Despite the heightened scrutiny afforded distinctions based on gender, respondent argues that gender discrimination in the selection of the petit jury should be permitted, though discrimination on the basis of race is not. Respondent suggests that "gender discrimination in this country ... has never reached the level of discrimination" against African-Americans, and therefore gender discrimination, unlike racial discrimination, is tolerable in the courtroom....

While the prejudicial attitudes toward women in this country have not been identical to those held toward racial minorities, the similarities between the experiences of racial minorities and women, in some contexts, "overpower those differences."... Certainly, with respect to jury service, African-Americans and women share a history of total exclusion, a history which came to an end for women many years after the embarrassing chapter in our history came to an end for African-Americans.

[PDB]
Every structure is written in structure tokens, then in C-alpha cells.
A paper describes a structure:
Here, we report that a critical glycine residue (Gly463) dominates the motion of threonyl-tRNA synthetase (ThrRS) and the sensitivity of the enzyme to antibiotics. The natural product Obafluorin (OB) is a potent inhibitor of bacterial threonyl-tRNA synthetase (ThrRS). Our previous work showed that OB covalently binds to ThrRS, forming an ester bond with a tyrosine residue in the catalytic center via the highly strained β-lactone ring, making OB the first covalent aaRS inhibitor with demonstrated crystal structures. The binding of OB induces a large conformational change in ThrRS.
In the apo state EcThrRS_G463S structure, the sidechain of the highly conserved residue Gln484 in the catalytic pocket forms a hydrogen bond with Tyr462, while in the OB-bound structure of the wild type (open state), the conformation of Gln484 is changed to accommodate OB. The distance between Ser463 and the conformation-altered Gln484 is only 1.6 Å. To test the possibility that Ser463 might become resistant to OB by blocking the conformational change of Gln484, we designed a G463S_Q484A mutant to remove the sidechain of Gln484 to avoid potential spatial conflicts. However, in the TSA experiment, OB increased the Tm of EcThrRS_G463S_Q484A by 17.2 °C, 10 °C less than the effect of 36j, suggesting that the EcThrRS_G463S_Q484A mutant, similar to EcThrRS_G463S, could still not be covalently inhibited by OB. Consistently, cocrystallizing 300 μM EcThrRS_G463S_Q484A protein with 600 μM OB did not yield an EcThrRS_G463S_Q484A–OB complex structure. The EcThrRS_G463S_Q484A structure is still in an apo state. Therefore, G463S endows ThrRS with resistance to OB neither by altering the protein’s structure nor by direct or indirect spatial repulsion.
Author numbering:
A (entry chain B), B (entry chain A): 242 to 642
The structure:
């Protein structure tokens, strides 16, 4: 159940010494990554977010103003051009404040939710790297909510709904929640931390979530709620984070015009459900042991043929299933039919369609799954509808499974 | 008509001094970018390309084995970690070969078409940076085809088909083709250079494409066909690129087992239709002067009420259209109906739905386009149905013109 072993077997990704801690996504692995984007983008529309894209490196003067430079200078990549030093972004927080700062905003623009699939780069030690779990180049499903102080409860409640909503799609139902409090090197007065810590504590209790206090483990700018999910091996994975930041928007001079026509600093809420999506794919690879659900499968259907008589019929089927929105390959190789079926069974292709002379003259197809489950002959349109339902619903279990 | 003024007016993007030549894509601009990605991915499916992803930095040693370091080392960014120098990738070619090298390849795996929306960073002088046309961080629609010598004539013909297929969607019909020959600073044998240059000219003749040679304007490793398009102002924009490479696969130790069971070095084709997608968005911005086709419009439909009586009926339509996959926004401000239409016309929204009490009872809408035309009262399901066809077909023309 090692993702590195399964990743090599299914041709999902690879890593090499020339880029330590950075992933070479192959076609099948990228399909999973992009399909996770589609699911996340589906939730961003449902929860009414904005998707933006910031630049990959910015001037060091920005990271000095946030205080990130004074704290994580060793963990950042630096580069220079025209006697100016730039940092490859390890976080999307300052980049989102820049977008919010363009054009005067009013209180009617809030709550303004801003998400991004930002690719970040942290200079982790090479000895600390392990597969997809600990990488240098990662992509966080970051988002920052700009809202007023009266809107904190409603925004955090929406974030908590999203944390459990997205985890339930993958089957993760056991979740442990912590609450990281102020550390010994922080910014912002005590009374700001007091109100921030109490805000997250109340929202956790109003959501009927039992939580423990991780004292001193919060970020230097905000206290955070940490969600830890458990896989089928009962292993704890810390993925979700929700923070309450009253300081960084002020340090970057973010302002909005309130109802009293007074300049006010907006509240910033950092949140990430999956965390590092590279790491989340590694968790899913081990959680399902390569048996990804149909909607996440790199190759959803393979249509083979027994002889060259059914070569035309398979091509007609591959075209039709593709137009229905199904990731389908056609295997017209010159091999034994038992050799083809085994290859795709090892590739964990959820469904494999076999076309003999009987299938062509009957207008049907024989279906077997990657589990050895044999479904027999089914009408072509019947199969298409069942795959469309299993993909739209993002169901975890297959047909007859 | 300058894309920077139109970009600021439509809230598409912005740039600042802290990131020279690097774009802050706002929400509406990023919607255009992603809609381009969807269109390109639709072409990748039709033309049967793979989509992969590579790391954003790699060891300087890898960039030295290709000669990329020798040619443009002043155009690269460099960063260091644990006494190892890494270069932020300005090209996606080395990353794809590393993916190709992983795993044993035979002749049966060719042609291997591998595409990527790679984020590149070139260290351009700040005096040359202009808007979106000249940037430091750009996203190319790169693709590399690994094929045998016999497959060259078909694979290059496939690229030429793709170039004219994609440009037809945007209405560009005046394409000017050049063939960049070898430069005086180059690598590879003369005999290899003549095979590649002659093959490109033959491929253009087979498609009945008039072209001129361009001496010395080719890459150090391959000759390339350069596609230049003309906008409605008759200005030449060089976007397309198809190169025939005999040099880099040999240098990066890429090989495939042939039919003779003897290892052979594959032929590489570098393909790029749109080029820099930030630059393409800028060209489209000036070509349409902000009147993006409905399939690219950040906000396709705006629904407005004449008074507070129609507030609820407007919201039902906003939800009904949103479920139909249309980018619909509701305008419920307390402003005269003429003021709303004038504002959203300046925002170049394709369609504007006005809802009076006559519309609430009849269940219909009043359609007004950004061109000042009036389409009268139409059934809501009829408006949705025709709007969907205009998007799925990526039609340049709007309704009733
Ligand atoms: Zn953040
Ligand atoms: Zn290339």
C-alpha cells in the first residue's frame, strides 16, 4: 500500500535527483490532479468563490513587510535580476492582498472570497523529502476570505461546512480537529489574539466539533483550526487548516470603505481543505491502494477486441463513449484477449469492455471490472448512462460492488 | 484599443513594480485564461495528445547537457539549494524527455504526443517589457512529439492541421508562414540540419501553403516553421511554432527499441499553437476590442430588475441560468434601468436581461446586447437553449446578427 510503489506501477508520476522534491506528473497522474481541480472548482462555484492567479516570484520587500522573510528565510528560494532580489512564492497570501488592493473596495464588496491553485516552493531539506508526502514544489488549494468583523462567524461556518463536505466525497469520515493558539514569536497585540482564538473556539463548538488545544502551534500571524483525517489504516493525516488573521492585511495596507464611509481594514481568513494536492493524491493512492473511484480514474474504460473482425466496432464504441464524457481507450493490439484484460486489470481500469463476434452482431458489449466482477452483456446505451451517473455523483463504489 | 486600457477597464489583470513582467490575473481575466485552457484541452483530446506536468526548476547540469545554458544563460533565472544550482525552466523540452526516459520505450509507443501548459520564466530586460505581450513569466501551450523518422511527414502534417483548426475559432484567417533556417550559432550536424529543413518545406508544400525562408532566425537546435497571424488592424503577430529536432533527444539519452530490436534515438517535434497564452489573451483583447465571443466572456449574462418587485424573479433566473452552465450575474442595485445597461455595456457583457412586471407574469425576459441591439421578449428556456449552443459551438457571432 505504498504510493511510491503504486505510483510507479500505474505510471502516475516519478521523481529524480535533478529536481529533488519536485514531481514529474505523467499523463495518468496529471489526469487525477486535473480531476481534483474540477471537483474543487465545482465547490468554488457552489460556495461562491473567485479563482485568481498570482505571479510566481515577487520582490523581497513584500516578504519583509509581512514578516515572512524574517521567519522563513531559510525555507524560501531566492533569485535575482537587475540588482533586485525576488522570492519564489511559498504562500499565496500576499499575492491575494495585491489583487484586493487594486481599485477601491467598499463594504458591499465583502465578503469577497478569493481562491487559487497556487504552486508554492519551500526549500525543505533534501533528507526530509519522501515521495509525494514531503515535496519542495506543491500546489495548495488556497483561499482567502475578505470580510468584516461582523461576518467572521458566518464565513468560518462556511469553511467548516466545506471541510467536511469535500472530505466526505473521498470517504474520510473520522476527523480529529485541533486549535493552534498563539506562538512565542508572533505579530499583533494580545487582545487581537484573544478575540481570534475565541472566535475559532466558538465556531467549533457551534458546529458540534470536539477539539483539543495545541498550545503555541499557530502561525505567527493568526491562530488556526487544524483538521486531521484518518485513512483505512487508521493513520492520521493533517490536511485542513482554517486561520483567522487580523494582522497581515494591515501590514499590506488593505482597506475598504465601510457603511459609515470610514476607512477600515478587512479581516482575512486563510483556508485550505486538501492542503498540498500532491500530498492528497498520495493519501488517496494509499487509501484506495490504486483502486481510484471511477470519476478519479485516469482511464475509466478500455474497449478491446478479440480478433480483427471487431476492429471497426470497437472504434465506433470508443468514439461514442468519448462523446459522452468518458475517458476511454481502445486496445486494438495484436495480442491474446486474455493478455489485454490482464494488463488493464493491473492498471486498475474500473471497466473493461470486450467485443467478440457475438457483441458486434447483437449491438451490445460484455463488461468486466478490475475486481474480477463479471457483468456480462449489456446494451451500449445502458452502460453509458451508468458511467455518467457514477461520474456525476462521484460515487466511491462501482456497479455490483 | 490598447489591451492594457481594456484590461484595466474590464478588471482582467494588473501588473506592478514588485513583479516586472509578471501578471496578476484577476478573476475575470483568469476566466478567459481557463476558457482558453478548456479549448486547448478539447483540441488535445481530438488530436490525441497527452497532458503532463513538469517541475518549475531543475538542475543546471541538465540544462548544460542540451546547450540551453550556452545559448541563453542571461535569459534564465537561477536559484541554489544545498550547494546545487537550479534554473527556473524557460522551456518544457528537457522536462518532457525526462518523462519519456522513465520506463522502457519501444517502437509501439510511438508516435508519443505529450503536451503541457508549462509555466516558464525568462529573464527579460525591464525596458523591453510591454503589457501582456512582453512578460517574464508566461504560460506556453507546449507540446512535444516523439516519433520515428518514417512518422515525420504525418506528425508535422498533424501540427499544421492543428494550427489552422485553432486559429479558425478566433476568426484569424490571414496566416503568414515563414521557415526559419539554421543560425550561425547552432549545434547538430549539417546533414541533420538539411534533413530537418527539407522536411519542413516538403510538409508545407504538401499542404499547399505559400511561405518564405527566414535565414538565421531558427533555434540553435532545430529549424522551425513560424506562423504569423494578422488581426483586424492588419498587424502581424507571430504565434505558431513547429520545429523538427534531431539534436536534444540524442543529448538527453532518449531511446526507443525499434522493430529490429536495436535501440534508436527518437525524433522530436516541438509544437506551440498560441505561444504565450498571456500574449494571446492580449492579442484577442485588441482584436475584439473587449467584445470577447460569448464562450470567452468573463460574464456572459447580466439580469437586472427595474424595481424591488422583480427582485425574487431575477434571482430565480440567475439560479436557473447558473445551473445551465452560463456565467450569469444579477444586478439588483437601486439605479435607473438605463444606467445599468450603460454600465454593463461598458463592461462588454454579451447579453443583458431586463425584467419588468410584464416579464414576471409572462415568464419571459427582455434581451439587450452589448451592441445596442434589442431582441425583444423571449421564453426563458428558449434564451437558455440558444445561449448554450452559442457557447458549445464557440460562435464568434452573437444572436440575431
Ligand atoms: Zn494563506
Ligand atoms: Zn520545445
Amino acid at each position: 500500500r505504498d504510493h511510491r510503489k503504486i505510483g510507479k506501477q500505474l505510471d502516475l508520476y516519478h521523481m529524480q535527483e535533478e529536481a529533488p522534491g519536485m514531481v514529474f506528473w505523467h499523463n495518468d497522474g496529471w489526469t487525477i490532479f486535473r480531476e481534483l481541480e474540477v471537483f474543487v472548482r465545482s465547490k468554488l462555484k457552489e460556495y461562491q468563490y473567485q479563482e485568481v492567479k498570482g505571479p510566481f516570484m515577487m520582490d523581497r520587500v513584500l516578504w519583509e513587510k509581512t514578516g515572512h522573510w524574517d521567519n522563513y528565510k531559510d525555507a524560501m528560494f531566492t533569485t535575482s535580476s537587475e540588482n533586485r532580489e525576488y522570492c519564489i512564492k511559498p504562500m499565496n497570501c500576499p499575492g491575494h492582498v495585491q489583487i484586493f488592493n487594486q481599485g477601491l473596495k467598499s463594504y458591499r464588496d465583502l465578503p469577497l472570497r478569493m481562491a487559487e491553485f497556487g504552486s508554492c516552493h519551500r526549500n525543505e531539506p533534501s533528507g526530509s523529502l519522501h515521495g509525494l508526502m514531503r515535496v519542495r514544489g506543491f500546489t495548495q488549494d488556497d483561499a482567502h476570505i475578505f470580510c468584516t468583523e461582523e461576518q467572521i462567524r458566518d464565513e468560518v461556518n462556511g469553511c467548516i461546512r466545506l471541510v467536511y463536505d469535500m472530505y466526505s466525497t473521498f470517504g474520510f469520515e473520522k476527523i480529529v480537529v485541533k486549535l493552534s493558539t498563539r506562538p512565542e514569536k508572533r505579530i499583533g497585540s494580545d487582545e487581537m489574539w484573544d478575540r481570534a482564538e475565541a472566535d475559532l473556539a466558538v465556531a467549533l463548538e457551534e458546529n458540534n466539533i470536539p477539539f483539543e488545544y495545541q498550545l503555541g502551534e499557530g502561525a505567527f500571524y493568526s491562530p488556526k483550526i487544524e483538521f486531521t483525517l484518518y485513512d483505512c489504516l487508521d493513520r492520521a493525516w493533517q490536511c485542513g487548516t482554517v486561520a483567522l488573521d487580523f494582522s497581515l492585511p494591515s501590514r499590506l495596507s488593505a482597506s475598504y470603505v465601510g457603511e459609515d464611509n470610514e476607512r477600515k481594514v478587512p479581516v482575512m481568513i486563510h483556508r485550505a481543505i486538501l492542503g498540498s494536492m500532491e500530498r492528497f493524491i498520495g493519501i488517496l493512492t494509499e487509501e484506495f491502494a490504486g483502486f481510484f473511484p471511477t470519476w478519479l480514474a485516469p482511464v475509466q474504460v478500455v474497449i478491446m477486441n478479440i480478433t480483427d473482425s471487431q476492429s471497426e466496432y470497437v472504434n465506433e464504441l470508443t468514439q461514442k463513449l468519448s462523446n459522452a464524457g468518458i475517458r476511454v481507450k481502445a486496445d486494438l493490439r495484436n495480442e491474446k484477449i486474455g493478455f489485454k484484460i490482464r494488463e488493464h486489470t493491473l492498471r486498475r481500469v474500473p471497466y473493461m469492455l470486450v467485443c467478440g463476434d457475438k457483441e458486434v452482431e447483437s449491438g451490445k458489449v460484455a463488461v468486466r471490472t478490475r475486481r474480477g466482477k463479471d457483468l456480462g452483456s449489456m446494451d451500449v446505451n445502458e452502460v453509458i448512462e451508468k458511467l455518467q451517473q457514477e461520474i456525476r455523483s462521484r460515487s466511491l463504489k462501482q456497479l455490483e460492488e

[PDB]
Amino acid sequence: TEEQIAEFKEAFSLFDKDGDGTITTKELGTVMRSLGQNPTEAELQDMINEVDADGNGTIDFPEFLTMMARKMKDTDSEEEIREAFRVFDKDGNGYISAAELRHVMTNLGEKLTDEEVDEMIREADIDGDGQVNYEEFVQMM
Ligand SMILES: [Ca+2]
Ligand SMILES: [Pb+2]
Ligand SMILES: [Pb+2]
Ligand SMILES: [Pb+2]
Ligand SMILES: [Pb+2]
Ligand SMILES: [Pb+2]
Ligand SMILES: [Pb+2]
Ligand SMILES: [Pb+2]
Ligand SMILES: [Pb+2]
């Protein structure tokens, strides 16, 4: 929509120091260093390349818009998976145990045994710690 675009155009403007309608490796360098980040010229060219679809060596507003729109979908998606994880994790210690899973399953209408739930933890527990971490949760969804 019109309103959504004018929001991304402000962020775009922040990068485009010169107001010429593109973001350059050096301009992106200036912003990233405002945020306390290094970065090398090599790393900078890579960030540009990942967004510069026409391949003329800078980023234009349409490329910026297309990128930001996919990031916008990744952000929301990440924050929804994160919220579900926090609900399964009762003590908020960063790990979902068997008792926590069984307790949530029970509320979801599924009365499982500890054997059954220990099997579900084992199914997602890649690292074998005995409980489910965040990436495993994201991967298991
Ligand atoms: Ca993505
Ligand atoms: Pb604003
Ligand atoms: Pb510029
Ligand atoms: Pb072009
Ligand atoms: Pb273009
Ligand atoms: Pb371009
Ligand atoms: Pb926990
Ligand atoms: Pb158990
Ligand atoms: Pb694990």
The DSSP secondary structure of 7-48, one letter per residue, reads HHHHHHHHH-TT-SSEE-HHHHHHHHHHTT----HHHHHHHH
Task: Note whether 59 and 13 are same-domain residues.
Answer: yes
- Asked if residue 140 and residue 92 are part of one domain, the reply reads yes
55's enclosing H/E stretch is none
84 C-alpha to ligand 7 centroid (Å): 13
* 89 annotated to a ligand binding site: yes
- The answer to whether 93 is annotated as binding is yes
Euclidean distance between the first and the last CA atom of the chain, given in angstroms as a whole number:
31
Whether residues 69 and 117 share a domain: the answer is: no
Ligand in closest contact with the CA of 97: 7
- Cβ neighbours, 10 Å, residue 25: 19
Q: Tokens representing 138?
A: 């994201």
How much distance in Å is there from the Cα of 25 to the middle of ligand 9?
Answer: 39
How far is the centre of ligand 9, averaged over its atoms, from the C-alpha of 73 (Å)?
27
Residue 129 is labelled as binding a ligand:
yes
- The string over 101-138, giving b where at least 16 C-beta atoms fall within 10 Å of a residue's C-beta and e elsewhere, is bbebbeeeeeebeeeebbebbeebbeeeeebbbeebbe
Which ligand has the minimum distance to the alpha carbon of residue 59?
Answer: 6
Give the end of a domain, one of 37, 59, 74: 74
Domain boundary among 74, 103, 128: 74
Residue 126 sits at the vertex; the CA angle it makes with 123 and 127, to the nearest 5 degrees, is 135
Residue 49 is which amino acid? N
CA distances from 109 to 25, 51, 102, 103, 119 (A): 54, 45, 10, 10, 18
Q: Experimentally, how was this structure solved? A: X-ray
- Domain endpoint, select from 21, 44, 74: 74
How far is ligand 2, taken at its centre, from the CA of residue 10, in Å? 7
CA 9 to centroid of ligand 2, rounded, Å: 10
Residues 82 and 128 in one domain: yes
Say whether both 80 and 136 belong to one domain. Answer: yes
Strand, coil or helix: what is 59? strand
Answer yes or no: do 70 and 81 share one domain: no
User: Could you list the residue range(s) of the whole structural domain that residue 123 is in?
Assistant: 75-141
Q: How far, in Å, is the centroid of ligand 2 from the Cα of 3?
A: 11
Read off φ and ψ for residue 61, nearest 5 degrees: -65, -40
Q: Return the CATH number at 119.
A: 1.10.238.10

We need not determine, however, whether women or racial minorities have suffered more at the hands of discriminatory state actors during the decades of our Nation's history. It is necessary only to acknowledge that "our Nation has had a long and unfortunate history of sex discrimination," ... a history which warrants the heightened scrutiny we afford all gender-based classifications today. Under our equal protection jurisprudence, gender-based classifications require "an exceedingly persuasive justification" in order to survive constitutional scrutiny.... Thus, the only question is whether discrimination on the basis of gender in jury selection substantially furthers the State's legitimate interest in achieving a fair and impartial trial. In making this assessment, we do not weigh the value of peremptory challenges as an institution against our asserted commitment to eradicate invidious discrimination from the courtroom. Instead, we consider whether peremptory challenges based on gender stereotypes provide substantial aid to a litigant's effort to secure a fair and impartial jury.